Author: Jo Johnson “Why Grassfed is Best!”
The difference between grainfed and grassfed animal products is dramatic.
Grassfed products tend to be much lower in total fat than grainfed products. For example, a sirloin steak from a grassfed steer has about one-half to one-third the amount of fat as a similar cut from a grainfed steer.
In fact, grassfed meat has about the same amount of fat as skinless chicken or wild deer or elk. When meat is this lean, it actually lowers your LDL cholesterol levels.
Because grassfed meat is so lean, it is also lower in calories.
Fat has 9 calories per gram, compared with only 4 calories for protein and carbohydrates. The greater the fat content, the greater the number of calories.
A 6-ounce steak from a grass-finished steer has almost 100 fewer calories than a 6-ounce steak from a grainfed steer.
If you eat a typical amount of beef (66.5 pounds a year), switching to grassfed beef will save you 17,733 calories a year-without requiring any will power or change in eating habits. If everything else in your diet remains constant, you will lose about six pounds a year.
Although grassfed meat is low in “bad” fat (including saturated fat), it gives you from two to six times more of a type of “‘good” fat called “omega-3 fatty acids.”
Omega-3 fatty acids play a vital role in every cell and system in your body. For example, of all the fats, they are the most “heart friendly.” People who have ample amounts of omega-3s in their diet are less likely to have high blood pressure or an irregular heartbeat. Remarkably, they are 50 percent less likely to have a serious heart attack.
Omega-3s are essential for your brain as well. People with a diet rich in omega-3s are less likely to be afflicted with depression, schizophrenia, attention deficit disorder (hyperactivity), or Alzheimer’s disease.
Another benefit of omega-3s is that they may reduce your risk of cancer.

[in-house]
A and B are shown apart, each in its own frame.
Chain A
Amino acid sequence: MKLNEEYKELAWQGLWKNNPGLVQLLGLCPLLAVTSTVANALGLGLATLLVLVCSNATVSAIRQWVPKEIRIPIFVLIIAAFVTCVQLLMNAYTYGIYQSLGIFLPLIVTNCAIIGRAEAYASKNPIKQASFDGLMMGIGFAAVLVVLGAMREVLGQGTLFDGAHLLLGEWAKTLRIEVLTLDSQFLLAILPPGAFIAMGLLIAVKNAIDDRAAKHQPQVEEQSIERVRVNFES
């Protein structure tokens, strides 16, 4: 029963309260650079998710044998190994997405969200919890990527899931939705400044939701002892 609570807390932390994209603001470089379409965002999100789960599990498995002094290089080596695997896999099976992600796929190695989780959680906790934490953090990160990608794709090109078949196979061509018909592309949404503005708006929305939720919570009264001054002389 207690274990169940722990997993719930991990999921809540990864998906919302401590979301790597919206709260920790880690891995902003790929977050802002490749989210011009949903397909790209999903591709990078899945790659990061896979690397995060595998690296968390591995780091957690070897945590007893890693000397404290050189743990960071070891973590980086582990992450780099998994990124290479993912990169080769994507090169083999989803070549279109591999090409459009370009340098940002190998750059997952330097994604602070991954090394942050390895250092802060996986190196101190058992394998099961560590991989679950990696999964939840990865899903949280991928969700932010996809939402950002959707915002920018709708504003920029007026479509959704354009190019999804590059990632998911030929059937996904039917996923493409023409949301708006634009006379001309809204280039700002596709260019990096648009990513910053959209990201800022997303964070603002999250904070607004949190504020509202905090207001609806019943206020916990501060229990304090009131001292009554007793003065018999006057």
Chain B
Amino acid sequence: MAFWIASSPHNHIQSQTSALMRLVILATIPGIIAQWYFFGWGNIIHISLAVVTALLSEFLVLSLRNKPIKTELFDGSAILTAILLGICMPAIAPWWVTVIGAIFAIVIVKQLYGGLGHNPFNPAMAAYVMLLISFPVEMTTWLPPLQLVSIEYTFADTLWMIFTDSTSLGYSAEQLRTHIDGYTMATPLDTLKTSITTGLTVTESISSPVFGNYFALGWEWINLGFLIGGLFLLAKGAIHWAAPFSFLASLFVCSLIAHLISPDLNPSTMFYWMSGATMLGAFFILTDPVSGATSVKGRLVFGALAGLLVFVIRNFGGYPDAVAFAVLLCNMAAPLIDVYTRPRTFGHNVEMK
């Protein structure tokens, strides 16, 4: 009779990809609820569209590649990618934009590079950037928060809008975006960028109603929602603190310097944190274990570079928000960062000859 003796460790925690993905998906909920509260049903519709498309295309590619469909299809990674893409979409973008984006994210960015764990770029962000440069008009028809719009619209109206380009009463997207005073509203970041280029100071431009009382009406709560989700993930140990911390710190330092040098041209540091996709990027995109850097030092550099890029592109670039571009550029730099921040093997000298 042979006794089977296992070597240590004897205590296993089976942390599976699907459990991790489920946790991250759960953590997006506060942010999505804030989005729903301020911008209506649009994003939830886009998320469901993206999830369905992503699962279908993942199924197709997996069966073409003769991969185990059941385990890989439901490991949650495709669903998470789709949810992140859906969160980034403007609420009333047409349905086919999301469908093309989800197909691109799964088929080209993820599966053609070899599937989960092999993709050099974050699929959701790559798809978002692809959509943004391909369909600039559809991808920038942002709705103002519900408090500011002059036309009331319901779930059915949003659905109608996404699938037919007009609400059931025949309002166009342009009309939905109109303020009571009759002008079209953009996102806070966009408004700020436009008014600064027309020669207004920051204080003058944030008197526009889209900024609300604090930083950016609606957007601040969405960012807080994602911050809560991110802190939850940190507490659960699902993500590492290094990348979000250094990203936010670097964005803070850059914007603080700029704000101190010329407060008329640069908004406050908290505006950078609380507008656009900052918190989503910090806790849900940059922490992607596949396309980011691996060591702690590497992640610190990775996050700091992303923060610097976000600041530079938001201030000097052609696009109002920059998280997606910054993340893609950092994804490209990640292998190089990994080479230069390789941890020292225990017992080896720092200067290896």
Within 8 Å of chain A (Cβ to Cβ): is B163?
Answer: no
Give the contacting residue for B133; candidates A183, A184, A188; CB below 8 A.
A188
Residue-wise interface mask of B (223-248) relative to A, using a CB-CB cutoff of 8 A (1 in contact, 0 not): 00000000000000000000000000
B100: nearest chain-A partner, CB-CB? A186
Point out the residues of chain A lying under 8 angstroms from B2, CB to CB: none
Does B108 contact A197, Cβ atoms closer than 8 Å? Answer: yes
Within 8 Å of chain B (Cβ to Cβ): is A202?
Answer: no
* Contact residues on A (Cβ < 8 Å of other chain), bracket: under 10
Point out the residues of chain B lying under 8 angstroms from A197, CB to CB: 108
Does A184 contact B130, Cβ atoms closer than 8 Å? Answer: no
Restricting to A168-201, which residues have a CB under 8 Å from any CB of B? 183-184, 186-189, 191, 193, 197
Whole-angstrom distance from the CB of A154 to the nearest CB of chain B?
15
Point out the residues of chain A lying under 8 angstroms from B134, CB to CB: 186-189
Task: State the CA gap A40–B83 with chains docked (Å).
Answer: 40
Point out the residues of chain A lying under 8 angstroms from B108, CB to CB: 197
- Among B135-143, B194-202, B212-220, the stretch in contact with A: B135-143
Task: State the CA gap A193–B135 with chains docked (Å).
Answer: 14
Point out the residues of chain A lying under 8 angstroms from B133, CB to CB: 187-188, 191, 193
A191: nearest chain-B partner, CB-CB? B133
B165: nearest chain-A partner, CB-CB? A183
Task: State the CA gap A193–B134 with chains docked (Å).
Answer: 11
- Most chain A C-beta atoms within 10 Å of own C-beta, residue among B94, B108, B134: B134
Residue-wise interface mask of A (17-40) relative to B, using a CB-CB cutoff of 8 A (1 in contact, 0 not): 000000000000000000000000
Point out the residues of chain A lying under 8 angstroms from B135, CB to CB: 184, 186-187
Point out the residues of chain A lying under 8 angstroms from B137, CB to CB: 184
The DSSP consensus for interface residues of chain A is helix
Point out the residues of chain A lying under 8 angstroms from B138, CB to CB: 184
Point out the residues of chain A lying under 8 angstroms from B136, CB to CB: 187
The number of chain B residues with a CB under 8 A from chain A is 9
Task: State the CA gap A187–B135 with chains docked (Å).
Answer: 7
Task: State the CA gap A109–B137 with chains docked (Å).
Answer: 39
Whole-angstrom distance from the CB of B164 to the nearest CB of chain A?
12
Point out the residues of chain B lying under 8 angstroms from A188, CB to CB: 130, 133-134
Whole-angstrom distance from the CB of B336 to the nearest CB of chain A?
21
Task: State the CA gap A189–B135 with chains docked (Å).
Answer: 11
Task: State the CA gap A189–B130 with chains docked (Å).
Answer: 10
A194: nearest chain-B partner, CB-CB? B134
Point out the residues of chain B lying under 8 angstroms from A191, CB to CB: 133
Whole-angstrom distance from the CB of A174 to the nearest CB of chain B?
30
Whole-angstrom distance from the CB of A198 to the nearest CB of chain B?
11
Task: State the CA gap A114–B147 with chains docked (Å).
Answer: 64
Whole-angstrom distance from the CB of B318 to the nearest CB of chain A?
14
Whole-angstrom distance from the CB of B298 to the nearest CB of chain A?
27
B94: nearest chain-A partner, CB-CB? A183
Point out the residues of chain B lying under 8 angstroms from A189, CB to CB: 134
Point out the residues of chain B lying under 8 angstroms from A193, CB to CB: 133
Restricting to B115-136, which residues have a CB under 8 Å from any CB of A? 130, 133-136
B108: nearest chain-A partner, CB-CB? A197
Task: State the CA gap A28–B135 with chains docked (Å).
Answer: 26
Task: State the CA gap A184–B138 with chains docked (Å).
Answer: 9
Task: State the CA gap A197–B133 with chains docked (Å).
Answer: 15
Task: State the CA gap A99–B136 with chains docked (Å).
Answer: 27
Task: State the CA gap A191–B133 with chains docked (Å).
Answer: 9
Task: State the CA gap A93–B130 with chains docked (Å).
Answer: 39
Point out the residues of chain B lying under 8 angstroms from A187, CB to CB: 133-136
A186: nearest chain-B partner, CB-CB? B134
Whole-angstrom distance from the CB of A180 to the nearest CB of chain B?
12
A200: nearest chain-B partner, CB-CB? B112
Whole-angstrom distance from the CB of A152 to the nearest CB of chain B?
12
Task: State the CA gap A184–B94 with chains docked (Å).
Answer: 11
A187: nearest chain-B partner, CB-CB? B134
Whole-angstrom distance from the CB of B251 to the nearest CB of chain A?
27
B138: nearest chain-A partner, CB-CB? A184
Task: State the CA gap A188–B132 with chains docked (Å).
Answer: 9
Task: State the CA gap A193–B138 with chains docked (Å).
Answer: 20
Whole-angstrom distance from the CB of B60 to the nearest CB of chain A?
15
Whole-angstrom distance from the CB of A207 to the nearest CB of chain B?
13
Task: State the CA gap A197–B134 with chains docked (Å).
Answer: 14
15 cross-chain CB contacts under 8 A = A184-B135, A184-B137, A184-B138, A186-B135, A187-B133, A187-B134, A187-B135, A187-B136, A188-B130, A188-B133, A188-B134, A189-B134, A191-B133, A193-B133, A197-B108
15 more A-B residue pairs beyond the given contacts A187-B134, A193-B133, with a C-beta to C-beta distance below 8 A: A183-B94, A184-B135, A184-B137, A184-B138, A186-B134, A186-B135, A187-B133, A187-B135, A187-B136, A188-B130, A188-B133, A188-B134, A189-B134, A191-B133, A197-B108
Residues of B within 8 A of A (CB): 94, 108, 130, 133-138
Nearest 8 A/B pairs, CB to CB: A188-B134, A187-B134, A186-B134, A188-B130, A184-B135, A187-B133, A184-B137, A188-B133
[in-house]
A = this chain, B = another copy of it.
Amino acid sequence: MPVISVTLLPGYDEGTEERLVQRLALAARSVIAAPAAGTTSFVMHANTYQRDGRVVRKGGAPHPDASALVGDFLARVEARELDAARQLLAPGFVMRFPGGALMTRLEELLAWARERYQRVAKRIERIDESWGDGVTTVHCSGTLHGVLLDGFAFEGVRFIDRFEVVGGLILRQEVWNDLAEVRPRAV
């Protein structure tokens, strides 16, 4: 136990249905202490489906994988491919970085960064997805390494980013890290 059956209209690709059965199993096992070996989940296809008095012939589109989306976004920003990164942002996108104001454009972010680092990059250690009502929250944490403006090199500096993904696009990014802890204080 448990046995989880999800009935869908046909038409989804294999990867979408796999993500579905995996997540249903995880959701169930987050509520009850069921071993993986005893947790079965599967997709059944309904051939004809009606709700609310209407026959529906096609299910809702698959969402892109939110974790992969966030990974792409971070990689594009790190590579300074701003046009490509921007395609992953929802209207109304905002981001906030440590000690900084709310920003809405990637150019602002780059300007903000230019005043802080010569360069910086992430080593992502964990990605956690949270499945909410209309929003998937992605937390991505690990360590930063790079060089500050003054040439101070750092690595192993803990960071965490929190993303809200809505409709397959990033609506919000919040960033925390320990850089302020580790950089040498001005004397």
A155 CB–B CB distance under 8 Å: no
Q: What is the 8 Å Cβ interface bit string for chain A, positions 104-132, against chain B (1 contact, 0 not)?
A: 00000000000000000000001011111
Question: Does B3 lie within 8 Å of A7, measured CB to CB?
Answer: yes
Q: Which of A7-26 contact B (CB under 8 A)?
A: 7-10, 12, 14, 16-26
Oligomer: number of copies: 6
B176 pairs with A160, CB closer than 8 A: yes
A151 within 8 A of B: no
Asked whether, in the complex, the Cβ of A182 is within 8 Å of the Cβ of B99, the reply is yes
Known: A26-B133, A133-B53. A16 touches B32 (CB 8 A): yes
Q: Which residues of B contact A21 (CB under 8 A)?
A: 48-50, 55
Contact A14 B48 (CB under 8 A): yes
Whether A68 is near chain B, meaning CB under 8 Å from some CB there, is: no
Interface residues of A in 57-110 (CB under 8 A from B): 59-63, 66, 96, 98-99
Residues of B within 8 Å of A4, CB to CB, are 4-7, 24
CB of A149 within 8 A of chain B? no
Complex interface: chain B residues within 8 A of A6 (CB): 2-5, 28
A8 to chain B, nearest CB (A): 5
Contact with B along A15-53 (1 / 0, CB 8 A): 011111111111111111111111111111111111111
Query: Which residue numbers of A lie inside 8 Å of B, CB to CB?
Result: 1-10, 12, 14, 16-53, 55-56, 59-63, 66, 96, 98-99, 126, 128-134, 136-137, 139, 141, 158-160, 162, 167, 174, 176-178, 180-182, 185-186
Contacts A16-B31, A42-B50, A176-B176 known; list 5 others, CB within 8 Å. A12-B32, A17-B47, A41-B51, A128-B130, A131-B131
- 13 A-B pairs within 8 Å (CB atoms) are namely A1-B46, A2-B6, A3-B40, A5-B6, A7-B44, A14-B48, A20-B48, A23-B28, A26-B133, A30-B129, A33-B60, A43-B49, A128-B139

In animal studies, these essential fatty acids have slowed the growth of a wide array of cancers and kept them from spreading. Although the human research is in its infancy, researchers have shown that omega-3s can slow or even reverse the extreme weight loss that accompanies advanced cancer. They can also hasten recovery from cancer surgery.
Furthermore, animal studies suggest that people with cancer who have high levels of omega-3s in their tissues may respond better to chemotherapy than people with low levels. Omega-3s are most abundant in seafood and certain nuts and seeds such as flaxseeds and walnuts, but they are also found in grassfed animal produds.
The reason that grassfed animals have more omega-3s than grainfed animals is that omega-3s are formed in the green leaves (specifically the chloroplasts) of plants. Sixty percent of the fat content of grass is a type of omega-3 fatty acid called alpha-linolenic or LNA.
When cattle are taken off grass and shipped to a feedlot to be fattened on grain, they lose their valuable store of LNA as well as two other types of omega-3 fatty acids, EPA and DHA. Each day that an animal spends in the feedlot, its supply of omega-3s is diminished.
The CLA Bonus
The meat and milk from grassfed ruminants are the richest known source of another type of good fat called “conjugated linoleic acid'” or CLA. When ruminants are raised on fresh pasture alone, their milk and meat contain as much as five times more CLA than products from animals fed conventional diets.
CLA may be one of our most potent defenses against cancer.
In laboratory animals, a very small percentage of CLA – a mere 0.1 percent of total calories -greatly reduced tumor growth. Researcher Tilak Dhiman from Utah State University estimates that you may be able to lower your risk of cancer simply by eating the following grassfed products each day: one glass of whole milk, one ounce of cheese, and one serving of meat. You would have to eat five times that amount of grainfed meat and dairy products to get the same level of protection.
There is new evidence suggesting that CLA does reduce cancer risk in humans.
In a Finnish study. women who had the highest levels of CLA in their diet, had a 60 percent lower risk of breast cancer than those with the lowest levels of CLA.
In addition to being higher in omega-3s and CLA, meat from grassfed animals is higher in vitamin E.
In humans, vitamin E is linked with a lower risk of heart disease and cancer. This potent antioxidant may also have anti-aging properties. Most Americans are deficient in vitamin E.